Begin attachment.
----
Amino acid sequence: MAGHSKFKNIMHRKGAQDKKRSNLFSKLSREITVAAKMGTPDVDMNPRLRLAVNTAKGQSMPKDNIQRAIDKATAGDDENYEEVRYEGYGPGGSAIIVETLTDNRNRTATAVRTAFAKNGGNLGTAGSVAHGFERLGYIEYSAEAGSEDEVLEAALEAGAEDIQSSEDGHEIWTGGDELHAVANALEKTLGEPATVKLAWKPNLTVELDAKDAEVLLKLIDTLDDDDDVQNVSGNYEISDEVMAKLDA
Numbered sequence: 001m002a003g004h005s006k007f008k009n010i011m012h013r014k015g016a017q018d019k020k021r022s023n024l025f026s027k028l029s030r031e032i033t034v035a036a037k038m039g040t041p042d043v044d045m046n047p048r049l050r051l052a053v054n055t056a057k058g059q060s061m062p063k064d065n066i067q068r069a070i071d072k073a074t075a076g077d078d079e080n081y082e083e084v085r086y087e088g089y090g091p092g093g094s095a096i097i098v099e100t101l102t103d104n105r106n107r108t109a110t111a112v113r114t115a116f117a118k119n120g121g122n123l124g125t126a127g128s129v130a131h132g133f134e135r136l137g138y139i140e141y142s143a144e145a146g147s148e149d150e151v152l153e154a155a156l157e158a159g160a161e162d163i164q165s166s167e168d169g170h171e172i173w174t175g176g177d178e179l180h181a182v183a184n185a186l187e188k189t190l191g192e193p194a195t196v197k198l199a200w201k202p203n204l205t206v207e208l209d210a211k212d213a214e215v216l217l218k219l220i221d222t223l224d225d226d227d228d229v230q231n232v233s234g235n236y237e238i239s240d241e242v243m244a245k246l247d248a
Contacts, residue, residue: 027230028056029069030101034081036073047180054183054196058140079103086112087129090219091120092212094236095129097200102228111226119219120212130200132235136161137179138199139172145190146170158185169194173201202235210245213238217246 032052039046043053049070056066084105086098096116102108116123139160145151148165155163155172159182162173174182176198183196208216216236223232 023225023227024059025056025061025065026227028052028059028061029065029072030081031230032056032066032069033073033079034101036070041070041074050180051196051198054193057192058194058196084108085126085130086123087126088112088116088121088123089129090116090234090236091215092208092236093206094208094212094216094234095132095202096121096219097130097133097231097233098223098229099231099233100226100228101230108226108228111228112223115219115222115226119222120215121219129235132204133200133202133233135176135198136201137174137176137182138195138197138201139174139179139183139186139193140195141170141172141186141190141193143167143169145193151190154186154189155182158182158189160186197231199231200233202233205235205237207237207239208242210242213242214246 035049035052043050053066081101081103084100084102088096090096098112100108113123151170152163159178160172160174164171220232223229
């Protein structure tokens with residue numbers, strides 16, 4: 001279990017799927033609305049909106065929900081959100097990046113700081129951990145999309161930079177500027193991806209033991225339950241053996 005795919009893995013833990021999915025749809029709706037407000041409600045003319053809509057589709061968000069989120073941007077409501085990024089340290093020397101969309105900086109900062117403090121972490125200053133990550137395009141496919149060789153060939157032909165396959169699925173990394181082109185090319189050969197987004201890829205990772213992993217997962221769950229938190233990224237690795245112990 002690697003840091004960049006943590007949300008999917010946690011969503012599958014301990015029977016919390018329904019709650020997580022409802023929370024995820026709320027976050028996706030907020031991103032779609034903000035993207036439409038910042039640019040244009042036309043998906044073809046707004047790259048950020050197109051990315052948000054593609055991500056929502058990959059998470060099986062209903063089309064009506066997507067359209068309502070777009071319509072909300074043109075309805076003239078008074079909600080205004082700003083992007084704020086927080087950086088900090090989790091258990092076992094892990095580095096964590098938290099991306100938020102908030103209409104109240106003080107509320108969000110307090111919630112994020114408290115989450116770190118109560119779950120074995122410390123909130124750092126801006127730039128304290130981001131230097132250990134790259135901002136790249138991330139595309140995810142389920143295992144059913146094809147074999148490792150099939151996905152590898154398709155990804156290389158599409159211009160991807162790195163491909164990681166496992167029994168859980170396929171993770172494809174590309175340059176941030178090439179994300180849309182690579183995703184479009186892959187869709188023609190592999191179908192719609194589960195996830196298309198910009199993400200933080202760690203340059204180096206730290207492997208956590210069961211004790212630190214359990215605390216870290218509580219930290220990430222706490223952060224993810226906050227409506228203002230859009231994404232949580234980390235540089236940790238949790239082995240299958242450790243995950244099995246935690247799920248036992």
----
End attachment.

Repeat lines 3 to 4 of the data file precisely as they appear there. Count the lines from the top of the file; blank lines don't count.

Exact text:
Contacts, residue, residue: 027230028056029069030101034081036073047180054183054196058140079103086112087129090219091120092212094236095129097200102228111226119219120212130200132235136161137179138199139172145190146170158185169194173201202235210245213238217246 032052039046043053049070056066084105086098096116102108116123139160145151148165155163155172159182162173174182176198183196208216216236223232 023225023227024059025056025061025065026227028052028059028061029065029072030081031230032056032066032069033073033079034101036070041070041074050180051196051198054193057192058194058196084108085126085130086123087126088112088116088121088123089129090116090234090236091215092208092236093206094208094212094216094234095132095202096121096219097130097133097231097233098223098229099231099233100226100228101230108226108228111228112223115219115222115226119222120215121219129235132204133200133202133233135176135198136201137174137176137182138195138197138201139174139179139183139186139193140195141170141172141186141190141193143167143169145193151190154186154189155182158182158189160186197231199231200233202233205235205237207237207239208242210242213242214246 035049035052043050053066081101081103084100084102088096090096098112100108113123151170152163159178160172160174164171220232223229
């Protein structure tokens with residue numbers, strides 16, 4: 001279990017799927033609305049909106065929900081959100097990046113700081129951990145999309161930079177500027193991806209033991225339950241053996 005795919009893995013833990021999915025749809029709706037407000041409600045003319053809509057589709061968000069989120073941007077409501085990024089340290093020397101969309105900086109900062117403090121972490125200053133990550137395009141496919149060789153060939157032909165396959169699925173990394181082109185090319189050969197987004201890829205990772213992993217997962221769950229938190233990224237690795245112990 002690697003840091004960049006943590007949300008999917010946690011969503012599958014301990015029977016919390018329904019709650020997580022409802023929370024995820026709320027976050028996706030907020031991103032779609034903000035993207036439409038910042039640019040244009042036309043998906044073809046707004047790259048950020050197109051990315052948000054593609055991500056929502058990959059998470060099986062209903063089309064009506066997507067359209068309502070777009071319509072909300074043109075309805076003239078008074079909600080205004082700003083992007084704020086927080087950086088900090090989790091258990092076992094892990095580095096964590098938290099991306100938020102908030103209409104109240106003080107509320108969000110307090111919630112994020114408290115989450116770190118109560119779950120074995122410390123909130124750092126801006127730039128304290130981001131230097132250990134790259135901002136790249138991330139595309140995810142389920143295992144059913146094809147074999148490792150099939151996905152590898154398709155990804156290389158599409159211009160991807162790195163491909164990681166496992167029994168859980170396929171993770172494809174590309175340059176941030178090439179994300180849309182690579183995703184479009186892959187869709188023609190592999191179908192719609194589960195996830196298309198910009199993400200933080202760690203340059204180096206730290207492997208956590210069961211004790212630190214359990215605390216870290218509580219930290220990430222706490223952060224993810226906050227409506228203002230859009231994404232949580234980390235540089236940790238949790239082995240299958242450790243995950244099995246935690247799920248036992």